I didn’t even know how to use a gun before yesterday, and I certainly hadn’t become a crack shot overnight. That didn’t bode well for my chances of survival at the moment —especially since I was currently staring down the wrong end of somebody else’s barrel. What was I supposed to do? Duck? Shoot first? Run?

Maybe the decision would have been easier if I hadn’t loved the guy pointing the gun at me. I watched his trigger finger tense as the smoky, toxic air around us seemed to grow even thicker. Walls shook and the floor rolled beneath me as an explosion thundered through the building. The PetroPlex flagship oil refinery was fast on its way to becoming nothing but a memory.

The doorframe buckled before my eyes—my only means of escape. Sharp orange tongues of flame lapped at me from above, sending down a rain of fiery particles as acoustic ceiling tiles disintegrated overhead.

That’s when I knew that gun or no gun, I was going to die.


message 4: by Marcus (new)

Marcus Malone (MarcusMalone) | 13 comments This is another excerpt from The The Simulator

The Simulator by Marcus Malone
The Simulator

    A heavy metallic echo cascaded through mile upon mile of darkened corroded corridor. It was a sound that was seldom heard in the ruins of the labyrinth, and over the distance it fell upon many ears cowering among the shadows. Those that heard the relentless rhythmic hammering conjured ominous images of misfortune, wrongdoing, and evil, as if demons gathered at a distant forge beat sin itself into an unhallowed blade. Few would investigate the relentless stream of echoes and many deemed it a mystery that was best left to its own devices.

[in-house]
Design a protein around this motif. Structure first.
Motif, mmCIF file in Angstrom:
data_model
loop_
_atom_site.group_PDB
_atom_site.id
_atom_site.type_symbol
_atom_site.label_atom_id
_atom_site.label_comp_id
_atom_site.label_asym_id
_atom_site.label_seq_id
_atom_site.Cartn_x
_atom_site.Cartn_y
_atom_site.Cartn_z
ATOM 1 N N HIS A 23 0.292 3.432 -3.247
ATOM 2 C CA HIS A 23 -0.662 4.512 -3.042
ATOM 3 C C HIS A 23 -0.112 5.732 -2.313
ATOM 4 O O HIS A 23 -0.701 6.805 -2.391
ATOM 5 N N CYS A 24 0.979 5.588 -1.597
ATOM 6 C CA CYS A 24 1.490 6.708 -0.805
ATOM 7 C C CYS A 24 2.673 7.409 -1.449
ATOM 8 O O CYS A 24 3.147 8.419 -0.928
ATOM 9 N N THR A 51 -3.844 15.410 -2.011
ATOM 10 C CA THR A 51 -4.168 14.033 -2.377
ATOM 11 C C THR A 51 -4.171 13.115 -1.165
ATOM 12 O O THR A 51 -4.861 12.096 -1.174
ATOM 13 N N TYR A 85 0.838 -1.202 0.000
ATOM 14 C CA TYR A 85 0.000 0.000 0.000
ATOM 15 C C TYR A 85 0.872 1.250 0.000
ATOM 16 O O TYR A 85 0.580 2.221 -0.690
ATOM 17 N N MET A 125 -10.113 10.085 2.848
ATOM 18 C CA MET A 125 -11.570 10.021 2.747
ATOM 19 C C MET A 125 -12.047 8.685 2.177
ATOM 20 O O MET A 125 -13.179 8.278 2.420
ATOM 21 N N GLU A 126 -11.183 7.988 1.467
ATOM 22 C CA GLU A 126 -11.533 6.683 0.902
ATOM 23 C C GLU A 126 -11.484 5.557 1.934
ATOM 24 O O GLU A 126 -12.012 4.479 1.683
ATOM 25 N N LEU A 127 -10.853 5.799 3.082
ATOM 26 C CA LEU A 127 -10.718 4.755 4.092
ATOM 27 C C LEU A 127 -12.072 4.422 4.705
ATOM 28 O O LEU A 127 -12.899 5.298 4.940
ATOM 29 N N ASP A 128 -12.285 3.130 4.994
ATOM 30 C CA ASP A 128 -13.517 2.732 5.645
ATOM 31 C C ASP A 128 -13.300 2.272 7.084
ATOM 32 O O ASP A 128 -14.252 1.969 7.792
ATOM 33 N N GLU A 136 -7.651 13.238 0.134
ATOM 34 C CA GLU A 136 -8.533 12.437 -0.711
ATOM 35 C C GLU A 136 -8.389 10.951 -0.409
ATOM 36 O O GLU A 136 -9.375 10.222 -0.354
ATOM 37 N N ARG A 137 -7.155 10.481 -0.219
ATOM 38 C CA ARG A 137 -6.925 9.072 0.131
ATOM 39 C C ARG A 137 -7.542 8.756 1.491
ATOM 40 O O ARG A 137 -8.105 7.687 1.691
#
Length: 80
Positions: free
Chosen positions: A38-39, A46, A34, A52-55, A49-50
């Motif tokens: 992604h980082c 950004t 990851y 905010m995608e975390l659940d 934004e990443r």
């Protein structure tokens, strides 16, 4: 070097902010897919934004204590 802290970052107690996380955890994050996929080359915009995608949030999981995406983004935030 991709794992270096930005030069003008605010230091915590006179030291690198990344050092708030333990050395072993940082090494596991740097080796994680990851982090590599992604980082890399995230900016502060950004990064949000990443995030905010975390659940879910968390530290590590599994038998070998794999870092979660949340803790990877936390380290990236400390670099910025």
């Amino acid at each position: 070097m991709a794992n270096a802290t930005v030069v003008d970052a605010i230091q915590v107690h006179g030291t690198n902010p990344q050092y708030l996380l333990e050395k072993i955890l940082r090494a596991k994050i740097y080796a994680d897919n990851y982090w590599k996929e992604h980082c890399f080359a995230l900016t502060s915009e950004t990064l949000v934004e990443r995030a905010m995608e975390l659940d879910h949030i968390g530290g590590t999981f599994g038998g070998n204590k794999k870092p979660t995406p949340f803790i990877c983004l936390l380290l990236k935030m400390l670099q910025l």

message 5: by Marcus (new)

Marcus Malone (MarcusMalone) | 13 comments Jaq wrote: "Gods, how can you narrow down what constitutes best of the best of a good story?..."

It’s a tough call, isn’t it?

I often miss writing the period dialog for The Last Apprentice (set in Atlantis over 11,000 years ago); it was a unique style of dialog that lent itself remarkably well to a one-of-a-kind story. While it’s hard to pin-down what is the best of the best, I chose a section rich in dialog to provide a sample of the exceptional dialog style, which permeates the 170,000-word story.

The Last Apprentice by Marcus Malone
The Last Apprentice

       "There came upon me the smell of a goat. I looked there," he pointed toward the center of the room, "and I saw a creature of the most hideous kind. It was the half part of a goat, and the half part of a man such that the bottom was goat and the top was man—save for two small horns and eyes black as pitch."
       Marcus paused and waited to accept rebuttals.
       "Continue," Odius insisted firmly, "Our time grows short. What did this creature do?"
       Marcus wrinkled his brow in confusion. He could hardly believe that Odius was accepting this story, yet had rejected his perfectly reasonable account of how he had become stranded. He had grown to hate this strange land of Atlantis and wanted nothing more than to return to Greece where outlandish stories were limited to minstrels' tales.